Tag Archives: volunteer

Eat for Equity Stamford has gone to the dawgs for its next meal benefitting Kids Helping Kids

26 Nov

Eat for Equity is back with some more awesome food and great times! Anybody who’s anyone will be meeting up at 15 Fairway Drive in Stamford from 7-10 on 12/6 for an all-growned up version of a meal in support of Kids Helping Kids. Here’s more about KHK: 

“Our mission is to develop leadership skills through youth-led service projects.  We empower students to take their passion and turn it into action to make a difference in the lives of other kids.”

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Eat for Equity Stamford Preps for 10th Benefit Dinner on August 16

29 Jul

New Eat for Equity Stamford Logo

If you’ve been following our blog, it’s no secret that we are huge supporters of Eat for Equity Stamford.  And, what’s not to love about a group of volunteers who put together meals with all money raised going to local charities?  And, just as exciting, what’s not to love about local businesses like Saugatuck Craft Butchery and Shop Rite Super Grade A who come together to provide high quality food that is also local?  It’s a marriage of everything awesome…plus, after each dinner, you always leave feeling good, feeling like you’ve helped to make a change in the community, and you probably have made a few new great friends in the process, too.

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Help Weed out Hunger at Stamford Museum + Nature Center for Earth Day

13 Apr

Garlic mustard takes over, but not for long… (photo from SM&NC)

To celebrate Earth Day, Stamford Museum & Nature Center (only one of our most favoritest places ever) is doing something a bit different.  Just a day before Earth Day, on April 21 from 9 am – 12:30 pm, volunteers will join in for the first ever Garlic Mustard Pull.  See, guess some people in the 1860s thought it’d be cool to bring over some garlic mustard to North America.  They would eat it and would even use it as medicine.  Guess they didn’t realize, though, it would take over this continent like The Beatles or, better yet, One Direction or Justin Bieber.  According to SM&NC, if nothing is done about the garlic mustard, it will basically choke out other life in forests and nature, dominating and decimating the biodiversity of our land.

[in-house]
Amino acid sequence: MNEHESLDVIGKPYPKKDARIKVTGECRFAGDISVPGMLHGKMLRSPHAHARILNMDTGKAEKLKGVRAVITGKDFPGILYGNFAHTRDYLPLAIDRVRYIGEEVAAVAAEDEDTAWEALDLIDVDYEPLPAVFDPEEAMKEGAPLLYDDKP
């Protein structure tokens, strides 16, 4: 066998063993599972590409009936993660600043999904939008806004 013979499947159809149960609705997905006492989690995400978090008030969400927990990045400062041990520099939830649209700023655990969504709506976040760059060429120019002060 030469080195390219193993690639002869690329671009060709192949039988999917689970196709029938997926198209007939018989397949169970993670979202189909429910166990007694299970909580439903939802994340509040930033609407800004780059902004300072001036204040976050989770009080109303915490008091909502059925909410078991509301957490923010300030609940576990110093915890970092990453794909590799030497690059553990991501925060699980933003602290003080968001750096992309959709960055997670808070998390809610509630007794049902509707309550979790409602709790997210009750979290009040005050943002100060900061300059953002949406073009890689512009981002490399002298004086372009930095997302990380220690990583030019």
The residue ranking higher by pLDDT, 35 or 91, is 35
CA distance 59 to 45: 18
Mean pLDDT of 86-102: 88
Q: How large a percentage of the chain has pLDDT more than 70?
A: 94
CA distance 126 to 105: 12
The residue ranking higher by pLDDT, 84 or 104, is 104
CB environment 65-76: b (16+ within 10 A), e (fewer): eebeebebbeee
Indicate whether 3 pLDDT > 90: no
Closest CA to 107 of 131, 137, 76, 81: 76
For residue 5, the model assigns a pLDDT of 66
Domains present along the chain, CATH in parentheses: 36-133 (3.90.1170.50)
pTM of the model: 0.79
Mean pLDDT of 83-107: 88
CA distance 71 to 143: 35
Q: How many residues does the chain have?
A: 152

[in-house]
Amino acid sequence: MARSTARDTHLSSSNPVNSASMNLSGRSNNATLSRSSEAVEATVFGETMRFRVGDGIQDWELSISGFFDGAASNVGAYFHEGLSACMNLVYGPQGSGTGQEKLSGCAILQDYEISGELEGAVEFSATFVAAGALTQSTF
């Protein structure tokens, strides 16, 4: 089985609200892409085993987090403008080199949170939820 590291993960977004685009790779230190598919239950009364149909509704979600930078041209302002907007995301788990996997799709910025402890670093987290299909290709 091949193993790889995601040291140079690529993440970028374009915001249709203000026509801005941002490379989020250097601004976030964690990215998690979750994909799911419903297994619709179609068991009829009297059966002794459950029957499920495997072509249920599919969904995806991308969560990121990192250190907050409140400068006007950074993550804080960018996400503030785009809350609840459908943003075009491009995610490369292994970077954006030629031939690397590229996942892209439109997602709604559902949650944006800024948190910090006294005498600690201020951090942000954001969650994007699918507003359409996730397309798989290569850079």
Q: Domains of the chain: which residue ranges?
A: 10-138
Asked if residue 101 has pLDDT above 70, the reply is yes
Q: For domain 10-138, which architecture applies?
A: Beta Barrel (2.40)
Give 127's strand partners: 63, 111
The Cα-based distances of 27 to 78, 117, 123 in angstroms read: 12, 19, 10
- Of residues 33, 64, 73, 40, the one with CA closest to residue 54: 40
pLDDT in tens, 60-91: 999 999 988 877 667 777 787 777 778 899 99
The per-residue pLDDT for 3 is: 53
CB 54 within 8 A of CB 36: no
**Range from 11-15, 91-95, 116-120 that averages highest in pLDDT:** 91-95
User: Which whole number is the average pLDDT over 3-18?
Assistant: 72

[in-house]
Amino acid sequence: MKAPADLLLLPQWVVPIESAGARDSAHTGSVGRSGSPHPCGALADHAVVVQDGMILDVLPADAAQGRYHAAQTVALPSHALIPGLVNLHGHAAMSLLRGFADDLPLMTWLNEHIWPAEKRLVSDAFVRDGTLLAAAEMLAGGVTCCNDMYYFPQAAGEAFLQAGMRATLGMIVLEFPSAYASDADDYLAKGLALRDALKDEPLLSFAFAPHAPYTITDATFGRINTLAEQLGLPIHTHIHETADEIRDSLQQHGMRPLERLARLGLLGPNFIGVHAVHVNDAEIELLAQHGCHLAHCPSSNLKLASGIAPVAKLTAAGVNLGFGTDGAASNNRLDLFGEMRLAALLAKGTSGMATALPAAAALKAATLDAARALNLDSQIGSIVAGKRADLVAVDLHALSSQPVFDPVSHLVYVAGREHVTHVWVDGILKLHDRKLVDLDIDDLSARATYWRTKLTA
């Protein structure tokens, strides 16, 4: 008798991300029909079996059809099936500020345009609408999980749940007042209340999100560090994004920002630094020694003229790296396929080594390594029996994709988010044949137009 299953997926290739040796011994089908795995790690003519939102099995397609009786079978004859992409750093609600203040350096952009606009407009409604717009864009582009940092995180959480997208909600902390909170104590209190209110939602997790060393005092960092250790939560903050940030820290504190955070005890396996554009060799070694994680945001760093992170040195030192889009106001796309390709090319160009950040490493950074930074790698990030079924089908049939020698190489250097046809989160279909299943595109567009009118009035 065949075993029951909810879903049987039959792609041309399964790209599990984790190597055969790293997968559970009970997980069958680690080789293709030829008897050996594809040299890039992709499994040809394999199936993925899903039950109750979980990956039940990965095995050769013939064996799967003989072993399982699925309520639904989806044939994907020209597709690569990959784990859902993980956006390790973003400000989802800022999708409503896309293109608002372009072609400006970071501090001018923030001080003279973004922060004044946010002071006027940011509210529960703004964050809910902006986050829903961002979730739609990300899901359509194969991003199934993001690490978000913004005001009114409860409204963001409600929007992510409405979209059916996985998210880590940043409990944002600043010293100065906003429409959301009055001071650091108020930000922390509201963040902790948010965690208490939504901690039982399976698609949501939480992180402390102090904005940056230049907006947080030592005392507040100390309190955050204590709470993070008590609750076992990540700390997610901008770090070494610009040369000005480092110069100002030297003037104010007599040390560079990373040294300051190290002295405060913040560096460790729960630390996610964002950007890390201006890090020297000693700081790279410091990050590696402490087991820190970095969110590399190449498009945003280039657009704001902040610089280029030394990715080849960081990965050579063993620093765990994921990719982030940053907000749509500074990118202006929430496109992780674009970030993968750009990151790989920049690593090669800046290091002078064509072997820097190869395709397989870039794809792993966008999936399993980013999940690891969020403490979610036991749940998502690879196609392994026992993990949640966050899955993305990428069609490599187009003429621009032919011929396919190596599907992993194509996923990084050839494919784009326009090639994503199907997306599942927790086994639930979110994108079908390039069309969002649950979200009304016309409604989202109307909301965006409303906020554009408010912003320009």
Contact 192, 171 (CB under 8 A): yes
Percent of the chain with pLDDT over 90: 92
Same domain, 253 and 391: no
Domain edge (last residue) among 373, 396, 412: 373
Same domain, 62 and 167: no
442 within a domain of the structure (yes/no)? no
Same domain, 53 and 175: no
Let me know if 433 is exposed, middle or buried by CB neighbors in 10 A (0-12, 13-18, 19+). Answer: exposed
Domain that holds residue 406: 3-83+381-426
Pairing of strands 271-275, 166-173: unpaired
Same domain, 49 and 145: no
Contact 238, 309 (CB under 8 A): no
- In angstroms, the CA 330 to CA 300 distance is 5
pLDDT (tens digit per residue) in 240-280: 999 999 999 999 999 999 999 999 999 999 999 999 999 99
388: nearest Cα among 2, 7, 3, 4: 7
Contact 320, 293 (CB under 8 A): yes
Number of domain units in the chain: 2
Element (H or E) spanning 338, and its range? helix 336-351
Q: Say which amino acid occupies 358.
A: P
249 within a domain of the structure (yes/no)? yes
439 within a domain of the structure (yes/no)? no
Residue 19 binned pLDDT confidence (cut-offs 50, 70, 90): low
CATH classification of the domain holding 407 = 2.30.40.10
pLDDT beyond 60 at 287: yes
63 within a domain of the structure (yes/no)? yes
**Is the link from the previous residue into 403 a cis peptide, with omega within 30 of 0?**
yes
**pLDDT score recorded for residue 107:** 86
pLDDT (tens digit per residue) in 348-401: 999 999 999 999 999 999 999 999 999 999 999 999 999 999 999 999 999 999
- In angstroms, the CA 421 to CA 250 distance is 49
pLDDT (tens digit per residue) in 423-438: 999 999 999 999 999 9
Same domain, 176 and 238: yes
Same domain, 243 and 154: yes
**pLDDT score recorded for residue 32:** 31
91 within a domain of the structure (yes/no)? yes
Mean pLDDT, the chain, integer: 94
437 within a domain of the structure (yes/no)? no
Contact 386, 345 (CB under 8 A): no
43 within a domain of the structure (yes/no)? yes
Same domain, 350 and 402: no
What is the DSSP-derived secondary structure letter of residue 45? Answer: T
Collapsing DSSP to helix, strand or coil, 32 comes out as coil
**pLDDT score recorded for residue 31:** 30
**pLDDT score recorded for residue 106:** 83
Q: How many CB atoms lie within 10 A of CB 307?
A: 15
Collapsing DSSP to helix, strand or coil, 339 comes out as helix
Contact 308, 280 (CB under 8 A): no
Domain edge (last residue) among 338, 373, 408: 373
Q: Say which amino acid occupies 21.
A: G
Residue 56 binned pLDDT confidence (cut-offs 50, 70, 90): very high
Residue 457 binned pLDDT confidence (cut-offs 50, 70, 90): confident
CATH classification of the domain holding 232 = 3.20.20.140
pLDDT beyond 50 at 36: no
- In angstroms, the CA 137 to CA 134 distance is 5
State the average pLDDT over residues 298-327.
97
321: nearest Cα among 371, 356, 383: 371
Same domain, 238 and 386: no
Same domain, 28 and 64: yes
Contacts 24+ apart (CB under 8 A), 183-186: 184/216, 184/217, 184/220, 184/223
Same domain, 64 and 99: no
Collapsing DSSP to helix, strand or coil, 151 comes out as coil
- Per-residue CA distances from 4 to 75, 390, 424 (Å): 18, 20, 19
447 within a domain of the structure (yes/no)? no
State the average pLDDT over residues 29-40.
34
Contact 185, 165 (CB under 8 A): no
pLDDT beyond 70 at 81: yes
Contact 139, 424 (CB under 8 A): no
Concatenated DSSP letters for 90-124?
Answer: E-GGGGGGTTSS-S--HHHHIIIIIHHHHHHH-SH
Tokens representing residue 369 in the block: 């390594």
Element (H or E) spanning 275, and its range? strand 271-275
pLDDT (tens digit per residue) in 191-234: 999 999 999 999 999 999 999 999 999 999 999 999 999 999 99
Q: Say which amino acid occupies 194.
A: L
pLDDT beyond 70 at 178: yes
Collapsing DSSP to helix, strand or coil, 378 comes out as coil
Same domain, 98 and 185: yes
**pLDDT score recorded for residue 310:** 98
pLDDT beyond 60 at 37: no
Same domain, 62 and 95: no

Volunteers will pull up the garlic mustard that’s found throughout SM&NC and it will be collected.  By the end of the day, the garlic mustard leaves will be donated to local food banks, helping to feed the hungry.  The staff encourage you, also, to bring a picnic lunch to enjoy after you’ve rid SM&NC of these invasive pests.  Anybody 11 or older can volunteer, but if you’re 11-14 you’ll need to have an adult with you.  Eat for Equity Stamford has already stepped up, pledging to help.  How ’bout you?  Also, SM&NC is looking for team captains to help oversee the pulling.  Please contact Cathryn Oulighan by April 17 by calling her  at  (203) 977-6530 or e-mailing her at volunteer@stamfordmuseum.org.

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Give Back: Meals and Music at the Soup Kitchen through Backyard Humanitarian

5 Apr

Some happy chefs serving up some salad, photo from http://backyardhumanitarian.org

Here are some startling facts according to FeedingAmerica.org:

  • In 2011, 50.1 million Americans lived in food insecure households, 33.5 million adults and 16.7 million children.
  • In 2011, 14.9 percent of households (17.9 million households) were food insecure.
  • In 2011, 5.7 percent of households (6.8 million households) experienced very low food security.
  • In 2011, households with children reported food insecurity at a significantly higher rate than those without children, 20.6 percent compared to 12.2 percent.
  • In 2011, households that had higher rates of food insecurity than the national average included households with children (20.6 percent), especially households with children headed by single women (36.8 percent) or single men (24.9 percent), Black non-Hispanic households (25.1 percent) and Hispanic households (26.2 percent).
  • In 2011, 8.8 percent of seniors living alone (1 million households) were food insecure.
  • Food insecurity exists in every county in America, ranging from a low of 5 percent in Steele County, ND to a high of 37 percent in Holmes County, MS.

The band plays on at the soup kitchen, photo from http://www.backyardhumanitarian.org

Yes, those statistics are definitely amazing and Fairfield County isn’t immune from food insecurity, either.  But, as you know, there are lots of people out there who are helping to feed and take care of others.  We’ve talked to you about the great work of Community Plates and we’ve talked about fundraisers for New Covenant House of Hospitality in Stamford, but we’re presenting you now with some solid, tangible ways to get out there and help out.

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